Characterization of Polydimethylsiloxane Dielectric Films for Capacitive ECG Bioelectrodes

Alhassan Haruna Umar, Fauzan Khairi Che Harun, Yusmeeraz Yusof


Capacitive ECG bioelectrodes are potentials for wearable and long-term physiological monitoring applications. In non-contact ECG recordings, the dielectric material sets limit to smooth bioelectric signal acquisition. Previously used dielectrics are rigid, unconformable on the skin, induce artefact and triboelectric noise, and becomes unstable when they absorb skin exudates. Recently, polymeric materials such as PDMS have gained different biomedical applications because it is biocompatible, flexible, and easy to fabricate. However, its use as a dielectric for capacitive ECG sensing is poorly reported. In this study, 15 samples of thin PDMS films of various thicknesses were fabricated by varying the proportion of the Sylgard 184TM silicone elastomer to the crosslinker from Dow Corning Corporation and manually deposited on acrylic glass substrates. The composition ratio and thickness were used to tune the structure and dielectric properties of the films. The effects on the capacitance generated by each dielectric film were measured using the parallel plate method, and their corresponding values of relative permittivity was also estimated. The results obtained reveal that PDMS films made from a composition ratio of 10:2 yielded the maximum capacitance and relative permittivity. In contrast, the film with 0.14mm thickness revealed the highest value of capacitance (31pF). The recorded values of capacitance demonstrate the feasibility of PDMS dielectrics for capacitive ECG bioelectrodes.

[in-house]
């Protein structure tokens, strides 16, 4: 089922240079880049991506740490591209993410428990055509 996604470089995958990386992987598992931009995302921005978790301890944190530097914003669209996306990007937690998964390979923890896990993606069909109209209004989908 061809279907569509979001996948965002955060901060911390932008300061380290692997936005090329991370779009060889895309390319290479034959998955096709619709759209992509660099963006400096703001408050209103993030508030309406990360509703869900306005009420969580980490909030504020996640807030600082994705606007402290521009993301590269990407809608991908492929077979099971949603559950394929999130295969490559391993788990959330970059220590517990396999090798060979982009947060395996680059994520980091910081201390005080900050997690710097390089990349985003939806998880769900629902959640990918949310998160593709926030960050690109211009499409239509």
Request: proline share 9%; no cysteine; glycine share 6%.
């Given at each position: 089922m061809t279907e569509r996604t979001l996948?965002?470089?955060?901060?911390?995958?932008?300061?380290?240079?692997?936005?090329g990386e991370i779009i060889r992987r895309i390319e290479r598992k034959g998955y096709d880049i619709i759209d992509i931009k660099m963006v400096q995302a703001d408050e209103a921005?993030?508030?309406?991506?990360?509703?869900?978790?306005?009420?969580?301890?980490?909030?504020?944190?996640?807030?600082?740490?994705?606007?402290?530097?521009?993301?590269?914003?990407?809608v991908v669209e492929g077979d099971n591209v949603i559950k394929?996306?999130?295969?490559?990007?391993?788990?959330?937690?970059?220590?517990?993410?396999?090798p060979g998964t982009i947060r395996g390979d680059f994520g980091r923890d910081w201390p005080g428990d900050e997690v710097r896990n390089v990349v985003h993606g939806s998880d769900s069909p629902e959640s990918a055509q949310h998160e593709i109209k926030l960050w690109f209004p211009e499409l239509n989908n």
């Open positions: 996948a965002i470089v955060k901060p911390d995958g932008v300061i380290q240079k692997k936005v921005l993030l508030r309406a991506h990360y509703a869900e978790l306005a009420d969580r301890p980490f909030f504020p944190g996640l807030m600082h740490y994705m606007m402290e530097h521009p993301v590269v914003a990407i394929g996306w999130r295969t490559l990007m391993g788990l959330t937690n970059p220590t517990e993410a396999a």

Polydimethylsiloxane; Composition ratio; Dielectric films; Dielectric parameters; Capacitive ECG Bioelectrode; Capacitance

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